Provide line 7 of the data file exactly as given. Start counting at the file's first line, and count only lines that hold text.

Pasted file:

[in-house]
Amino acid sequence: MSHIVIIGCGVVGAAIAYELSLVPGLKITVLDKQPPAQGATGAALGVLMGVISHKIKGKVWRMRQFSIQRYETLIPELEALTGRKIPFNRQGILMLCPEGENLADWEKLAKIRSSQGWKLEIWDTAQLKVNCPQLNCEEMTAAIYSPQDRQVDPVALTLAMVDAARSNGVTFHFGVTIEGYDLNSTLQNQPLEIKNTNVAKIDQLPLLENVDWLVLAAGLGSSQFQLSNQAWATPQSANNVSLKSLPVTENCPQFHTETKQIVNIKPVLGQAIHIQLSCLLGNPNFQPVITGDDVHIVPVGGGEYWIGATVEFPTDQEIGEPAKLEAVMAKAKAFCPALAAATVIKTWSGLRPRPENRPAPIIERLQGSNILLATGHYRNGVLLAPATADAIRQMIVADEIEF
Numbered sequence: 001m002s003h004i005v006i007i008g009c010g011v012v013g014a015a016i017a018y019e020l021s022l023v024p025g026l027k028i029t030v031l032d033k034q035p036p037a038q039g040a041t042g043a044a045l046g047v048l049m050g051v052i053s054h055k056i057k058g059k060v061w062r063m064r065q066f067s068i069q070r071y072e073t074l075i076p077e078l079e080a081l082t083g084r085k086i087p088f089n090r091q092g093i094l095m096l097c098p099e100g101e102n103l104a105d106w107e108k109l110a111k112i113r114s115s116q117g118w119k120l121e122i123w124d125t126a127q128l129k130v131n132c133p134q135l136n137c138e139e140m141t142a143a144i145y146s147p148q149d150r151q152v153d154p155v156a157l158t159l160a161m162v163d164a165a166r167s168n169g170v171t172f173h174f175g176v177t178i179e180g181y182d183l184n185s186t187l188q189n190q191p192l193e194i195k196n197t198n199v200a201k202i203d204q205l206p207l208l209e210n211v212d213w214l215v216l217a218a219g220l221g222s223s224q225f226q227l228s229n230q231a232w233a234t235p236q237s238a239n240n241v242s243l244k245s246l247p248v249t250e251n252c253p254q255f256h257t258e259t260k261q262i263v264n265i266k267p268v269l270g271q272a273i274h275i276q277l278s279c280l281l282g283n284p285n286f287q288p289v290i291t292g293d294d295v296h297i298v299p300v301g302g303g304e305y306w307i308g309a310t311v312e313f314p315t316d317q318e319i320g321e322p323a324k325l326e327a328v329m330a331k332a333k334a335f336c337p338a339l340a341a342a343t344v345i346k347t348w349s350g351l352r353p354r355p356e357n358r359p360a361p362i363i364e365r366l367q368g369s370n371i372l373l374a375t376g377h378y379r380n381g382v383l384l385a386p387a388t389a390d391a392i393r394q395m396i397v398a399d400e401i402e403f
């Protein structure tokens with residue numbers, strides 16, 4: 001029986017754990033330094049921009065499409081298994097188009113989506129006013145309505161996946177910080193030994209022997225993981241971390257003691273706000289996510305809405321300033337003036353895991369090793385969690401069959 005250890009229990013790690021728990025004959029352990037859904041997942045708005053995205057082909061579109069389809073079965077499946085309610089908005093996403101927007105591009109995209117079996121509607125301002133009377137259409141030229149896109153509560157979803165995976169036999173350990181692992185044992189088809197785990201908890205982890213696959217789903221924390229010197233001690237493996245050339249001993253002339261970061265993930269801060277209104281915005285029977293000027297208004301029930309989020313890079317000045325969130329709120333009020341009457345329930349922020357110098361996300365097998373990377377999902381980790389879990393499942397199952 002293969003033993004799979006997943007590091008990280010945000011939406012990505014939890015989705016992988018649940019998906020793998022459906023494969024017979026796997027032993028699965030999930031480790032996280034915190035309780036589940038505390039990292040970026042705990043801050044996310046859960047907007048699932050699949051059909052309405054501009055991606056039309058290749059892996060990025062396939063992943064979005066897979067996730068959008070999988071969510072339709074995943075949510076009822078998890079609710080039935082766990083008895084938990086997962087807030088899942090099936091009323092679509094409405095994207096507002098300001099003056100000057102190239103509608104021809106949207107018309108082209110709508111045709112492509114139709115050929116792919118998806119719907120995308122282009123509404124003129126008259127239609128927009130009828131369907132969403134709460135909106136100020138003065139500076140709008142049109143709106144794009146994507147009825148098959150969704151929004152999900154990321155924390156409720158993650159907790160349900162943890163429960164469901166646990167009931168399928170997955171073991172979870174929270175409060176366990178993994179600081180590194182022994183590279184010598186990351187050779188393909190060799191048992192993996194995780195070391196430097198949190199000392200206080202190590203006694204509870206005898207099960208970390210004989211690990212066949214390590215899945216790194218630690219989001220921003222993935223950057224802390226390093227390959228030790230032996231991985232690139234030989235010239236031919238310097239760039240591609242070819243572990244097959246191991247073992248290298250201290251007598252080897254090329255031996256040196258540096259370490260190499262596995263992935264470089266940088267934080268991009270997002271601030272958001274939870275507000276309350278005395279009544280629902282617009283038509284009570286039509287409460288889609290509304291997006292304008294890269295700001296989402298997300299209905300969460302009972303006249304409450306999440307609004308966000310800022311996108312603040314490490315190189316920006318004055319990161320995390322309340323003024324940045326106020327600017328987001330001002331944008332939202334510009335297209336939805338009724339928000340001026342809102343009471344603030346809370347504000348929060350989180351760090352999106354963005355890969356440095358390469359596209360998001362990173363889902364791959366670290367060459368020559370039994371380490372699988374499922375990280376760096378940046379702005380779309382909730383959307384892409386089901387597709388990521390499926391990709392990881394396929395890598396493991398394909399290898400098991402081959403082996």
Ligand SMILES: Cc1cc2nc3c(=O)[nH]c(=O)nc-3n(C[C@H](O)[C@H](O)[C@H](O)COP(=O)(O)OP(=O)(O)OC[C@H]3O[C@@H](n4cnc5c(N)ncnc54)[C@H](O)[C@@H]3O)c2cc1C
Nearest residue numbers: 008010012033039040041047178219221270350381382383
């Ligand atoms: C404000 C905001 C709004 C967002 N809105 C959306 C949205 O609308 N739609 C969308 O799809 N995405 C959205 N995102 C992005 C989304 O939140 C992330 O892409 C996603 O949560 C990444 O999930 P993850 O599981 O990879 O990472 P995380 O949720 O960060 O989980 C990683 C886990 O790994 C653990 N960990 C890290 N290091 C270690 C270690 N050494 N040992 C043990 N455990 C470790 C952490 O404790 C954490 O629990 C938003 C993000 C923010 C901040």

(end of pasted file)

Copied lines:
């Ligand atoms: C404000 C905001 C709004 C967002 N809105 C959306 C949205 O609308 N739609 C969308 O799809 N995405 C959205 N995102 C992005 C989304 O939140 C992330 O892409 C996603 O949560 C990444 O999930 P993850 O599981 O990879 O990472 P995380 O949720 O960060 O989980 C990683 C886990 O790994 C653990 N960990 C890290 N290091 C270690 C270690 N050494 N040992 C043990 N455990 C470790 C952490 O404790 C954490 O629990 C938003 C993000 C923010 C901040």